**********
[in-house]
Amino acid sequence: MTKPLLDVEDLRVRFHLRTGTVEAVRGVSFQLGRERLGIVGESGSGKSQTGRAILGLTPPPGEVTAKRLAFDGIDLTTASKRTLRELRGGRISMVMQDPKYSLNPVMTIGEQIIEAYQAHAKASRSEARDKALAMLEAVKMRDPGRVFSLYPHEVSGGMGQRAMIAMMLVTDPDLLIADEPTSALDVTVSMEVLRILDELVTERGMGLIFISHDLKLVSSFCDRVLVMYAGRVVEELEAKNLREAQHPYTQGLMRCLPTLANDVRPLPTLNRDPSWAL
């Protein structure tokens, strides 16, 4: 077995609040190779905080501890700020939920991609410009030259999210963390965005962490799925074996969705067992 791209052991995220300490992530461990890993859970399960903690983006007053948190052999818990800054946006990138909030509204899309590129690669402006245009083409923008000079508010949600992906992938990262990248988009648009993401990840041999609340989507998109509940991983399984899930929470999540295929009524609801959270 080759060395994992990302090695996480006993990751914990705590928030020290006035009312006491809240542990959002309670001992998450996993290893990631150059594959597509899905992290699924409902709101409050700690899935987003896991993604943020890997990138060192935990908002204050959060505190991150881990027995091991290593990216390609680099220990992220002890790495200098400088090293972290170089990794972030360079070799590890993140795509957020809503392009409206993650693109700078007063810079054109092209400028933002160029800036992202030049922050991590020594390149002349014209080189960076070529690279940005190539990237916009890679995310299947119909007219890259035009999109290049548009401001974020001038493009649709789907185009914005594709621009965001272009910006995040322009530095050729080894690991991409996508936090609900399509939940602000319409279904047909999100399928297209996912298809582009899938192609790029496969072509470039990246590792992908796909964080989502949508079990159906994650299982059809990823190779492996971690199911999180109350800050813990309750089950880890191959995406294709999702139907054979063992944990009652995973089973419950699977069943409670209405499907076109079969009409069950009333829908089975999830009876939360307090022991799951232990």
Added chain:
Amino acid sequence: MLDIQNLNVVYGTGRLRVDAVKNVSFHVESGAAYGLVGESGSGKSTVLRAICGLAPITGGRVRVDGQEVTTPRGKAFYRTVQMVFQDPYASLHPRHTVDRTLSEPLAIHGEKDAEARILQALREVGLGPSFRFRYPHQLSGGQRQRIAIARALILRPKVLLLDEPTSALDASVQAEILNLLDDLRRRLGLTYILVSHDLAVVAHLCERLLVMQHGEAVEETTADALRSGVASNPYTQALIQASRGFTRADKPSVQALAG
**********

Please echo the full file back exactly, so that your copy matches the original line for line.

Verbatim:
[in-house]
Amino acid sequence: MTKPLLDVEDLRVRFHLRTGTVEAVRGVSFQLGRERLGIVGESGSGKSQTGRAILGLTPPPGEVTAKRLAFDGIDLTTASKRTLRELRGGRISMVMQDPKYSLNPVMTIGEQIIEAYQAHAKASRSEARDKALAMLEAVKMRDPGRVFSLYPHEVSGGMGQRAMIAMMLVTDPDLLIADEPTSALDVTVSMEVLRILDELVTERGMGLIFISHDLKLVSSFCDRVLVMYAGRVVEELEAKNLREAQHPYTQGLMRCLPTLANDVRPLPTLNRDPSWAL
């Protein structure tokens, strides 16, 4: 077995609040190779905080501890700020939920991609410009030259999210963390965005962490799925074996969705067992 791209052991995220300490992530461990890993859970399960903690983006007053948190052999818990800054946006990138909030509204899309590129690669402006245009083409923008000079508010949600992906992938990262990248988009648009993401990840041999609340989507998109509940991983399984899930929470999540295929009524609801959270 080759060395994992990302090695996480006993990751914990705590928030020290006035009312006491809240542990959002309670001992998450996993290893990631150059594959597509899905992290699924409902709101409050700690899935987003896991993604943020890997990138060192935990908002204050959060505190991150881990027995091991290593990216390609680099220990992220002890790495200098400088090293972290170089990794972030360079070799590890993140795509957020809503392009409206993650693109700078007063810079054109092209400028933002160029800036992202030049922050991590020594390149002349014209080189960076070529690279940005190539990237916009890679995310299947119909007219890259035009999109290049548009401001974020001038493009649709789907185009914005594709621009965001272009910006995040322009530095050729080894690991991409996508936090609900399509939940602000319409279904047909999100399928297209996912298809582009899938192609790029496969072509470039990246590792992908796909964080989502949508079990159906994650299982059809990823190779492996971690199911999180109350800050813990309750089950880890191959995406294709999702139907054979063992944990009652995973089973419950699977069943409670209405499907076109079969009409069950009333829908089975999830009876939360307090022991799951232990």
Added chain:
Amino acid sequence: MLDIQNLNVVYGTGRLRVDAVKNVSFHVESGAAYGLVGESGSGKSTVLRAICGLAPITGGRVRVDGQEVTTPRGKAFYRTVQMVFQDPYASLHPRHTVDRTLSEPLAIHGEKDAEARILQALREVGLGPSFRFRYPHQLSGGQRQRIAIARALILRPKVLLLDEPTSALDASVQAEILNLLDDLRRRLGLTYILVSHDLAVVAHLCERLLVMQHGEAVEETTADALRSGVASNPYTQALIQASRGFTRADKPSVQALAG